). Studies using a soluble variant in which the membrane anchor is replaced by a histidine tag, p16.7A, revealed (i) that it is a dimer in solution, (ii) that it has both single-stranded (ss) and dsDNA binding activity, and (iii) that it has affinity for the φ29 TP (
      • Meijer W.J.J.
      • Serna-Rico A.
      • Salas M.
      ,
      • Serna-Rico A.
      • Muñoz-Espín D.
      • Villar L.
      • Salas M.
      • Meijer W.J.J.
      ,
      • Serna-Rico A.
      • Salas M.
      • Meijer W.J.J.
      ).
      Here we determine the regions responsible for p16.7A dimerization and identify the functional DNA and TP binding domain. We provide evidence that this functional domain may be evolutionarily related to eukaryotic homeodomains.

      EXPERIMENTAL PROCEDURES

      Bacterial Strains and Growth Conditions—Escherichia coli strains JM109 (
      • Yanish-Perron C.
      • Vieira J.
      • Messing J.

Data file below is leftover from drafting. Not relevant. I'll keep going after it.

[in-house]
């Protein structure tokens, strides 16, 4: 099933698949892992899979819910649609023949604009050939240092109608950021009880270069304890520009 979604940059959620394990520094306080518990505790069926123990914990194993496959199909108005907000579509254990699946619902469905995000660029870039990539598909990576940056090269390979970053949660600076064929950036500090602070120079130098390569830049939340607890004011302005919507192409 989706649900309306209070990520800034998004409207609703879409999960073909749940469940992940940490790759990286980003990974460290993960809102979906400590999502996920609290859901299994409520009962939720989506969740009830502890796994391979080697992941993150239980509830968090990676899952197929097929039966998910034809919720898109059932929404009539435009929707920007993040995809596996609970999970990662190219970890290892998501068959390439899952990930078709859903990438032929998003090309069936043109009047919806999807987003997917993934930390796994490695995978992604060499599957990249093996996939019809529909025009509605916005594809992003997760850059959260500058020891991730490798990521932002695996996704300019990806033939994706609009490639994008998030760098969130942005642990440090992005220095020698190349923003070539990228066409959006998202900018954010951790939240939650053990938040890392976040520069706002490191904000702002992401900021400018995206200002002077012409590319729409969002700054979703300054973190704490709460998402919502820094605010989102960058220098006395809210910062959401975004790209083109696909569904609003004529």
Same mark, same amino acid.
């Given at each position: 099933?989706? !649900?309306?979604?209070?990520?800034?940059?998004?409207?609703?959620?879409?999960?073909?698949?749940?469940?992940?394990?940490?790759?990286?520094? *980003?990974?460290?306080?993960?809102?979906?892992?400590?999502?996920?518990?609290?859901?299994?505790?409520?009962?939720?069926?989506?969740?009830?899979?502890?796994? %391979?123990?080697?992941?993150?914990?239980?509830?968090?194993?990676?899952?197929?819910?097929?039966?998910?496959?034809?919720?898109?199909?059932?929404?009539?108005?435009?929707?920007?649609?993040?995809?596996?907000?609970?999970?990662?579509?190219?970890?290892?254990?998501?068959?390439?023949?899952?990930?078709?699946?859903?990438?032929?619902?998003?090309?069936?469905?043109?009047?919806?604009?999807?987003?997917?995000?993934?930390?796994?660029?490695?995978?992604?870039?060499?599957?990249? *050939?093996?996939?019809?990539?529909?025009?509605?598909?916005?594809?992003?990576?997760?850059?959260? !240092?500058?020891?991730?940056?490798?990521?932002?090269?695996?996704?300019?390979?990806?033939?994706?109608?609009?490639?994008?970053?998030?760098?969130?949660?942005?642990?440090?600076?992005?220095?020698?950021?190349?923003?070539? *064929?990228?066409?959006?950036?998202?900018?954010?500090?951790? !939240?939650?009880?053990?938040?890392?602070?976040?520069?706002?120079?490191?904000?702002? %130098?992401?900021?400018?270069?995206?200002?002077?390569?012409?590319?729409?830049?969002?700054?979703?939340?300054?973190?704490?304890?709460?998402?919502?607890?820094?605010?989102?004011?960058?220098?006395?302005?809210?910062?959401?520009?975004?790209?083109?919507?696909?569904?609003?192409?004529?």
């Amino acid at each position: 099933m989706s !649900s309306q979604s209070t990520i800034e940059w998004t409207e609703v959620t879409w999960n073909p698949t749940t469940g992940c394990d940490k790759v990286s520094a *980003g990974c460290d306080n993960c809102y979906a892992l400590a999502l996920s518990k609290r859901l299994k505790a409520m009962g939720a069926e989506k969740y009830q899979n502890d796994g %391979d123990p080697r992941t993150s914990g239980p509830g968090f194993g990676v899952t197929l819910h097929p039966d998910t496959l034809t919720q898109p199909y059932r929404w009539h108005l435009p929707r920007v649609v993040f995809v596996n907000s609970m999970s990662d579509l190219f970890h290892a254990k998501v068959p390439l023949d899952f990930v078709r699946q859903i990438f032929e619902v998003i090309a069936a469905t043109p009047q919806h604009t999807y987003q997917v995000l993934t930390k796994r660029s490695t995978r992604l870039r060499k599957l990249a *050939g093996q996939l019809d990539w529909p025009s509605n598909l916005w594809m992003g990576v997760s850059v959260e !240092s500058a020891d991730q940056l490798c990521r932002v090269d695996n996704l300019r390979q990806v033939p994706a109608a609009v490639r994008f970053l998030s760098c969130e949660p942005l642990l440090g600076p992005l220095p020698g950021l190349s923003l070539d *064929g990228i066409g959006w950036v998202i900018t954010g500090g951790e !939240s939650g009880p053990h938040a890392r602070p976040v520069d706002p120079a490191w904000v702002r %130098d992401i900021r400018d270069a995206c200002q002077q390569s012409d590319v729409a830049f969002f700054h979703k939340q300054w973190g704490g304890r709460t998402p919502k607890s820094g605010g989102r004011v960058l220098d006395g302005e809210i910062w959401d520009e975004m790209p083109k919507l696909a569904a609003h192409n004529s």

) and BL21(DE3)pLysS (
      • Studier F.W.
      • Moffat B.A.
      ) and B. subtilis strain 110NA (
      • Moreno F.
      • Camacho A.
      • Viñuela E.
      • Salas M.
      ) were used for cloning and overexpression of proteins. Chloramphenicol, kanamycin, and ampicillin were added to cultures and plates at final concentrations of 10, 20, and 100 μg/ml, respectively.
      DNA Techniques—All DNA manipulations were carried out according to Sambrook et al. (
      • Sambrook J.
      • Fritsch E.F.
      • Maniatis T.
      ). [γ-32P]ATP (3000 Ci/mmol) was obtained from Amersham Biosciences. PCRs to amplify the N- and C-terminal 16.7 regions were done using proofreading-proficient Vent DNA polymerase (New England Biolabs, Beverly, MA) as described previously (
      • Serna-Rico A.
      • Muñoz-Espín D.
      • Villar L.
      • Salas M.
      • Meijer W.J.J.
      ). The purified PCR products were digested with NdeI and NotI, and cloned into the pET-28b(+) vector (Novagen) digested with the same enzymes resulting in vectors pET-16.7N and pET-16.7C. Site-directed mutants of 16.7A were obtained using the QuikChange™ site-directed mutagenesis kit (Stratagene). Mutant gene 16.7A4 was constructed by stepwise introduction of mutations changing a Leu into an Arg codon using appropriate complementary oligonucleotides and plasmid pUSH16.7A (
      • Meijer W.J.J.
      • Serna-Rico A.
      • Salas M.
      ) as starting template DNA.